The French Navy Is About To Test A Laser Weapon System Against Enemy Drones

Advertisement

Drones were once considered as means to locate unreachable territories. However, with the swift advancement in technology, they have now upgraded into effective weapon carriers. Drone warfare is a reality now being used in almost all modern conflict zones. French defence giants CILAS plans on developing a counter system.

Known as the HELMA-P (High Energy Laser for Multiple Applications – Power). The system looks like one-eyed Wall E. Equipped with a powerful two-kilowatt laser to bring drones to dust and sensors that track drones in flight is what makes this system formidable.

The drone system is handled by one man who receives the input from sensors and tracks all drones in range. Then, with a control system that imitates a fighter jet, the laser can be guided onto the incoming drone and used with precision.

OLYMPUS DIGITAL CAMERA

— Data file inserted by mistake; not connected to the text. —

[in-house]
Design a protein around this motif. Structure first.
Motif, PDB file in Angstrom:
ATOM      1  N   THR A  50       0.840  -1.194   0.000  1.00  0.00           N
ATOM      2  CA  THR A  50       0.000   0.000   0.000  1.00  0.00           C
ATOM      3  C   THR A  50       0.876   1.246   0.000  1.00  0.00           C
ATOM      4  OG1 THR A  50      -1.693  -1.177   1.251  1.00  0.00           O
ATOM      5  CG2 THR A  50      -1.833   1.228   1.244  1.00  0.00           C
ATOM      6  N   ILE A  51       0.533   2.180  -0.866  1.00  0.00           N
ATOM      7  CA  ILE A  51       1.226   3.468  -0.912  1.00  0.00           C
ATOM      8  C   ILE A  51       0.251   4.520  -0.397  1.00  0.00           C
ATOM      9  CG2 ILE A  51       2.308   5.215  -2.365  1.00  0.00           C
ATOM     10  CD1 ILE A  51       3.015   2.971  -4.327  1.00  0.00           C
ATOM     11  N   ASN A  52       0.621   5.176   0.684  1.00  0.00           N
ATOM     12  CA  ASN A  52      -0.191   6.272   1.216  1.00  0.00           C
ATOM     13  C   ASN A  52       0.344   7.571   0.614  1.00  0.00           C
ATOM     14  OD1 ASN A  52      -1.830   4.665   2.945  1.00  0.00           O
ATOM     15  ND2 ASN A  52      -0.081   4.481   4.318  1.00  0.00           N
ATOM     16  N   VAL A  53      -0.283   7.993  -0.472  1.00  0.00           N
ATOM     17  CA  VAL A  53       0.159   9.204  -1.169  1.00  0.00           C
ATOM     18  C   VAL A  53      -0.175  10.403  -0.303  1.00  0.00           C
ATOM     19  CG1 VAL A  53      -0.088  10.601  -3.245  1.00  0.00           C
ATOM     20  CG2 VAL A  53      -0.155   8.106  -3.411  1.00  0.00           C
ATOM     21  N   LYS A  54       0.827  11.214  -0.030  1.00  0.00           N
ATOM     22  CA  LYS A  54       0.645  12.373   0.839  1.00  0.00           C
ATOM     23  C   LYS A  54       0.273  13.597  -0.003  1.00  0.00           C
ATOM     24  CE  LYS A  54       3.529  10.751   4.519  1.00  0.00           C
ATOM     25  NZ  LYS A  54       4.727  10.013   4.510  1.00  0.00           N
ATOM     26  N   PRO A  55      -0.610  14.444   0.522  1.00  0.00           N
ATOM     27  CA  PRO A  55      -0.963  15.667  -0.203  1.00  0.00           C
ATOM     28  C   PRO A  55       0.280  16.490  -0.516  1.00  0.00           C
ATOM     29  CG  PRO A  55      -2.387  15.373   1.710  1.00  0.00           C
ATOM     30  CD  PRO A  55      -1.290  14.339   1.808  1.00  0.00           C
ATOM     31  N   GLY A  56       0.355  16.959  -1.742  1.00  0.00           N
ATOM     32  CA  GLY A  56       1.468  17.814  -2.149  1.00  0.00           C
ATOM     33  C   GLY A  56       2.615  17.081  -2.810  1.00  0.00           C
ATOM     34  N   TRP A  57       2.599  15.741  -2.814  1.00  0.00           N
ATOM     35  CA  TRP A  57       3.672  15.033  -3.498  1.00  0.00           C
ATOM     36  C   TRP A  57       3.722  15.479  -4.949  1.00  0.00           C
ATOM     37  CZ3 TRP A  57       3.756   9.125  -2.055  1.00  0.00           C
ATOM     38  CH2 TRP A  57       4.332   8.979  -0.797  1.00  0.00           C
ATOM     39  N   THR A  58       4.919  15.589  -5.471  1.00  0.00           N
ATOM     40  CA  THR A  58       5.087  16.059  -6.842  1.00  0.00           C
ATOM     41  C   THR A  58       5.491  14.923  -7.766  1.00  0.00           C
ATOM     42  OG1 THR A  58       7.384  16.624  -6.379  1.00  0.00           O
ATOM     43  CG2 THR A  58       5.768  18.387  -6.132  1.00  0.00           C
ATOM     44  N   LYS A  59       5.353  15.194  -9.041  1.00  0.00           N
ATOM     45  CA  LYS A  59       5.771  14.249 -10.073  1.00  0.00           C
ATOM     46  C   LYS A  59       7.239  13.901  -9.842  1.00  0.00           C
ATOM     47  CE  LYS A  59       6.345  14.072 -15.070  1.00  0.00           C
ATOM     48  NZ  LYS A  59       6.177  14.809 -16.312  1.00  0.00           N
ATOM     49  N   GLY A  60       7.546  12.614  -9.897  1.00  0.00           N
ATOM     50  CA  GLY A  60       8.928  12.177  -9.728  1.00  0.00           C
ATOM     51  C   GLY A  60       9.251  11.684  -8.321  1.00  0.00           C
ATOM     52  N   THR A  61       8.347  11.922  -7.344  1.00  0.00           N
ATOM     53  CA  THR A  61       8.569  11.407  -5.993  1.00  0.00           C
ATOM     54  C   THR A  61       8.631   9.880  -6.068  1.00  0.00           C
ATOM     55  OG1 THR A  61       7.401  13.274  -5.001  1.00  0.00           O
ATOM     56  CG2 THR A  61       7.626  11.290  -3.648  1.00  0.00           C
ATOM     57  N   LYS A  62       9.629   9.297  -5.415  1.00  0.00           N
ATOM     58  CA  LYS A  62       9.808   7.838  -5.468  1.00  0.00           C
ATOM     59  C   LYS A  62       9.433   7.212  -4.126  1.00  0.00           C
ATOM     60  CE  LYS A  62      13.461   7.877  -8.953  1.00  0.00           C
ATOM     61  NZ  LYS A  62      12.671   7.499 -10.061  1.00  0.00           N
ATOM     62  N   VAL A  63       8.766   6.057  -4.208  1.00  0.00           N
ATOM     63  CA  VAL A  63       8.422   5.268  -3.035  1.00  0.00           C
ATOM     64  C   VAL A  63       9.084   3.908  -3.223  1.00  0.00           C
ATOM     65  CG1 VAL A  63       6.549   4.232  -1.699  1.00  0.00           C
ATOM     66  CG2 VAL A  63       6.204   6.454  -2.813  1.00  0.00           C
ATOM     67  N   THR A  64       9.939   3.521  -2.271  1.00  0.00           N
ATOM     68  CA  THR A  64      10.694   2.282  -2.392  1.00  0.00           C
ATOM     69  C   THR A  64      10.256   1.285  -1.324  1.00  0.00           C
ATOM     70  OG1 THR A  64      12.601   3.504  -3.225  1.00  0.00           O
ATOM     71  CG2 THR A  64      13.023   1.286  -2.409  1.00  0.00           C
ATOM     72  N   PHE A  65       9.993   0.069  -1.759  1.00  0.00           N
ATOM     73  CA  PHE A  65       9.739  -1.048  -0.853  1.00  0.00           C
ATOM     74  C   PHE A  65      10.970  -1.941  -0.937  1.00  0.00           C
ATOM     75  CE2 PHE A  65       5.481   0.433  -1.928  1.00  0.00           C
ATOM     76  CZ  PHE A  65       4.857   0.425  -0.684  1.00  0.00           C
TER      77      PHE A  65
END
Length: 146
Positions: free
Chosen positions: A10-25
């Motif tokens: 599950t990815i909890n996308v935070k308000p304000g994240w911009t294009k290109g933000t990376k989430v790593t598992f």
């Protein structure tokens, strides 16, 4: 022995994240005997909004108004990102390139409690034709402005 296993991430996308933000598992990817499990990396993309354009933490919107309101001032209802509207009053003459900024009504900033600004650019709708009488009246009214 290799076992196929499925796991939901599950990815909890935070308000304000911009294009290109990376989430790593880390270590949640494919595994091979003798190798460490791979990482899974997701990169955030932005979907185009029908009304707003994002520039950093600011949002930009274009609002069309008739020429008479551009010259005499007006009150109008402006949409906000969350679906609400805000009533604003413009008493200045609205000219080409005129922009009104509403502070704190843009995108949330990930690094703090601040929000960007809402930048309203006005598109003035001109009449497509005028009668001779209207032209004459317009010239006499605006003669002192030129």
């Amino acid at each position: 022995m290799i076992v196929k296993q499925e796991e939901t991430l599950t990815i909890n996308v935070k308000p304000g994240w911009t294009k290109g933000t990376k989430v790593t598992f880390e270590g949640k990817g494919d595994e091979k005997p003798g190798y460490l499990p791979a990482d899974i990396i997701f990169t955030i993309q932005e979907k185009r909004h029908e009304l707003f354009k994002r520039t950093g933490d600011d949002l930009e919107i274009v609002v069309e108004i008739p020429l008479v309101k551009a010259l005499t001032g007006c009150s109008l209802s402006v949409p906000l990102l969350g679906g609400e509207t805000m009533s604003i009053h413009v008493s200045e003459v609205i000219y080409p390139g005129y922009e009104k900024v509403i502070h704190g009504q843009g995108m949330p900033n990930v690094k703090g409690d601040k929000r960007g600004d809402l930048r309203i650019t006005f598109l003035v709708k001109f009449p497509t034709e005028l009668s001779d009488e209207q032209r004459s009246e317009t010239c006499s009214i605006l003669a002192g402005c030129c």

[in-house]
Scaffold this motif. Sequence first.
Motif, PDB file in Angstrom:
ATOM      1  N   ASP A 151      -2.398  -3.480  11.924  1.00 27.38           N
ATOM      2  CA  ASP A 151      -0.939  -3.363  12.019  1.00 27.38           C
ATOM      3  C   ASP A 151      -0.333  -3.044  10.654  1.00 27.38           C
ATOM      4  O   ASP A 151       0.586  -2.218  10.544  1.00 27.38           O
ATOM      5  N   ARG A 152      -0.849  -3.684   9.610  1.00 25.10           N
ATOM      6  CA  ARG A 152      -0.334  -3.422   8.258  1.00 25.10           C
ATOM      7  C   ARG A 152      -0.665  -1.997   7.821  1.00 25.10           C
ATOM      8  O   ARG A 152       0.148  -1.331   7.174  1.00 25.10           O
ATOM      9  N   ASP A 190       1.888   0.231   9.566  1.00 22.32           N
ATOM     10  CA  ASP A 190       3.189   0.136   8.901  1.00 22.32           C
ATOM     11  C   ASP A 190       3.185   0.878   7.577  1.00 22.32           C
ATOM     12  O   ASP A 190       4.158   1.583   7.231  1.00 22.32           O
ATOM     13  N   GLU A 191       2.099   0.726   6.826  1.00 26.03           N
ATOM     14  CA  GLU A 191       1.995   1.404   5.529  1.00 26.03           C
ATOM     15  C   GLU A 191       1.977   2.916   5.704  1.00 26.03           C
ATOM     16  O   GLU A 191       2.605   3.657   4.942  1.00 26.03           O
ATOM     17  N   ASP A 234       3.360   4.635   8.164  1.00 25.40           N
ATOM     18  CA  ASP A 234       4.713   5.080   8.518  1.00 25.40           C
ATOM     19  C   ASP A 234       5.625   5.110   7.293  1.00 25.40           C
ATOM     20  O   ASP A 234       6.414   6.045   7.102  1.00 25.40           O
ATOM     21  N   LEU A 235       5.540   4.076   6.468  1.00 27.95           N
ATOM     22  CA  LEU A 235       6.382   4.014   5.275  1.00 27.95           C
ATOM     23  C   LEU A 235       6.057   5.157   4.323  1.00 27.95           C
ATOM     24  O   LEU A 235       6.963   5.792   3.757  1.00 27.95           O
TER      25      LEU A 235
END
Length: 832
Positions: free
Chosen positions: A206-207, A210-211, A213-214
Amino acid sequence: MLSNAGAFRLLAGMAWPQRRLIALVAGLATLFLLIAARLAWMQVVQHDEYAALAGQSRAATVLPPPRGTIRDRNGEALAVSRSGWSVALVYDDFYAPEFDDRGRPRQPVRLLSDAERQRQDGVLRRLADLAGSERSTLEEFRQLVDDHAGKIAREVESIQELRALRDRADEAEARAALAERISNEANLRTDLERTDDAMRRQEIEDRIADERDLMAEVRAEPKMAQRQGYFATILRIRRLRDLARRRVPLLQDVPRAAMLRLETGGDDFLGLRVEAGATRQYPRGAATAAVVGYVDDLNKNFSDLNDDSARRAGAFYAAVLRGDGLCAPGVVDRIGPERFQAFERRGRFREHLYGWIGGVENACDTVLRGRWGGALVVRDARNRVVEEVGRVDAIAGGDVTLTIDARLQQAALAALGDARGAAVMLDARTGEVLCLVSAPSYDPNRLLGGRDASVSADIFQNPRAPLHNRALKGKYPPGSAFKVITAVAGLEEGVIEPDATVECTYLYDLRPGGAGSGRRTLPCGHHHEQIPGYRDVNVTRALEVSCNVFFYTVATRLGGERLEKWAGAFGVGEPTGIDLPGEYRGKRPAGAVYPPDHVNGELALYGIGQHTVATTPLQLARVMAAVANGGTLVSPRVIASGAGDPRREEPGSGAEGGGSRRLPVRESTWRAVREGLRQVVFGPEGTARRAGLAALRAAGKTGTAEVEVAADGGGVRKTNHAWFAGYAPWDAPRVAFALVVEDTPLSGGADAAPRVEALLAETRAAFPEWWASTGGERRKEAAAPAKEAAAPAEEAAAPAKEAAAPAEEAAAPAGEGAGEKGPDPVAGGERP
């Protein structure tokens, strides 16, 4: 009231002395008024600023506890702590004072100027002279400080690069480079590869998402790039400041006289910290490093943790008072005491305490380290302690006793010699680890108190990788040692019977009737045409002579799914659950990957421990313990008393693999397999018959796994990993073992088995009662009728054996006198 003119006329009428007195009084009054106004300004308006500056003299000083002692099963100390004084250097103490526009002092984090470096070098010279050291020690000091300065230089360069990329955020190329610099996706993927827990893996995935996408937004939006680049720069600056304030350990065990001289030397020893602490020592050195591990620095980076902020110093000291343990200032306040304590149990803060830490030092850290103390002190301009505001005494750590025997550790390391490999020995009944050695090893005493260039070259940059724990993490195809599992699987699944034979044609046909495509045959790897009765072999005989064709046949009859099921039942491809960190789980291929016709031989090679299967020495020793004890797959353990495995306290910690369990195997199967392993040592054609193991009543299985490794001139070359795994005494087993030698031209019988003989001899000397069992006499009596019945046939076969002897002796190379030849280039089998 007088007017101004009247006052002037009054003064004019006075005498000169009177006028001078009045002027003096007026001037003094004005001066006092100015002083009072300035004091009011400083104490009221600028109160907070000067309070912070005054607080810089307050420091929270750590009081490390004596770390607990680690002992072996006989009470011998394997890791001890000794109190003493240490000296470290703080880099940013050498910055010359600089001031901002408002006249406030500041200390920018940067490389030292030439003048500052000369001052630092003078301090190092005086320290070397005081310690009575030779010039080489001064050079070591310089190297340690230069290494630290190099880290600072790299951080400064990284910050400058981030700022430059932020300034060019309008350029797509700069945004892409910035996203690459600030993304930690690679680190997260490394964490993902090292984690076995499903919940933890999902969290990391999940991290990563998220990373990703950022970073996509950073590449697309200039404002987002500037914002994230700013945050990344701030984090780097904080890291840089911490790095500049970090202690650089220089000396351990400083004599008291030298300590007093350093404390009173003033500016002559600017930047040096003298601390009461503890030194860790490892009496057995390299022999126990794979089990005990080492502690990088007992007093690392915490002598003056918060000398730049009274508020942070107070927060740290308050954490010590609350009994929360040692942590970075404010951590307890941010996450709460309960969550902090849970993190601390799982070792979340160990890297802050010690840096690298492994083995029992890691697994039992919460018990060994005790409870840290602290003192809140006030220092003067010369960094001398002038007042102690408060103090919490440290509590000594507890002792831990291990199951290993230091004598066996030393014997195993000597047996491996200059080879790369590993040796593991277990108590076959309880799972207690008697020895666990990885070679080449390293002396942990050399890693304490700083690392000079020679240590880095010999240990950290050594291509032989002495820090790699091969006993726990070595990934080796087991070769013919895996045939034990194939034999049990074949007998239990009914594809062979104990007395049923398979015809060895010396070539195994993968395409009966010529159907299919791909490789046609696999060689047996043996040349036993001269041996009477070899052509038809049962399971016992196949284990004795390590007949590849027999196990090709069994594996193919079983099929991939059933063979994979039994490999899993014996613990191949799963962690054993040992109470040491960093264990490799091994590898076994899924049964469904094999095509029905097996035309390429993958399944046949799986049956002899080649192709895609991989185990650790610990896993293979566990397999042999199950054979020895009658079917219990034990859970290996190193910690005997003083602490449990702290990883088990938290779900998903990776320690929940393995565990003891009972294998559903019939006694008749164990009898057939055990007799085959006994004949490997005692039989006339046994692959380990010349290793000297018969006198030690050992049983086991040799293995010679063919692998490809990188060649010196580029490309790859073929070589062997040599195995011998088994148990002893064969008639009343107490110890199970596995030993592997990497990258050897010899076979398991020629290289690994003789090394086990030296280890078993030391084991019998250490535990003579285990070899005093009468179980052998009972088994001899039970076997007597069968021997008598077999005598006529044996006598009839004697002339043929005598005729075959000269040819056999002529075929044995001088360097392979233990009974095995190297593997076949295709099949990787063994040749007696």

The research and development on the project began in 2020 at the missile test centre of the Armament General Directorate (DGA) in Southwest France. Developed over a period of 2 years after the collaboration of Ariane Group and DGA. CILAS proudly boasted that during the trials, it shot down 37 drones with pinpoint accuracy. With a range of 0.62 miles (1 km) and a capacity of increasing the range 3 to 4 times.

The last trial of the weapon system was conducted on 7th July and was attended by the French Minister of the Armed Forces, Florence Parly. The company successfully demonstrated the weapon system under cloudy circumstances. Parly called the project an “exceptional experiment” and the demonstration “very promising”.

“In terms of power, range and mobility; the smaller the systems will be, the easier they will be to deploy,” Parly said. “In fact, I have asked for these laser weapons to be tested on French Navy ships in the first half of 2022”, he added, paving the way for trials on ships.

The company wants to test these laser drones on floating objects in the sea. Naval News reported fast in-shore attack crafts (FIAC) while also using them for optical jamming and destroying antennas.

Details of which ships will get the defence system for trials are currently withheld.

Advertisement

Leave a Reply

Your email address will not be published.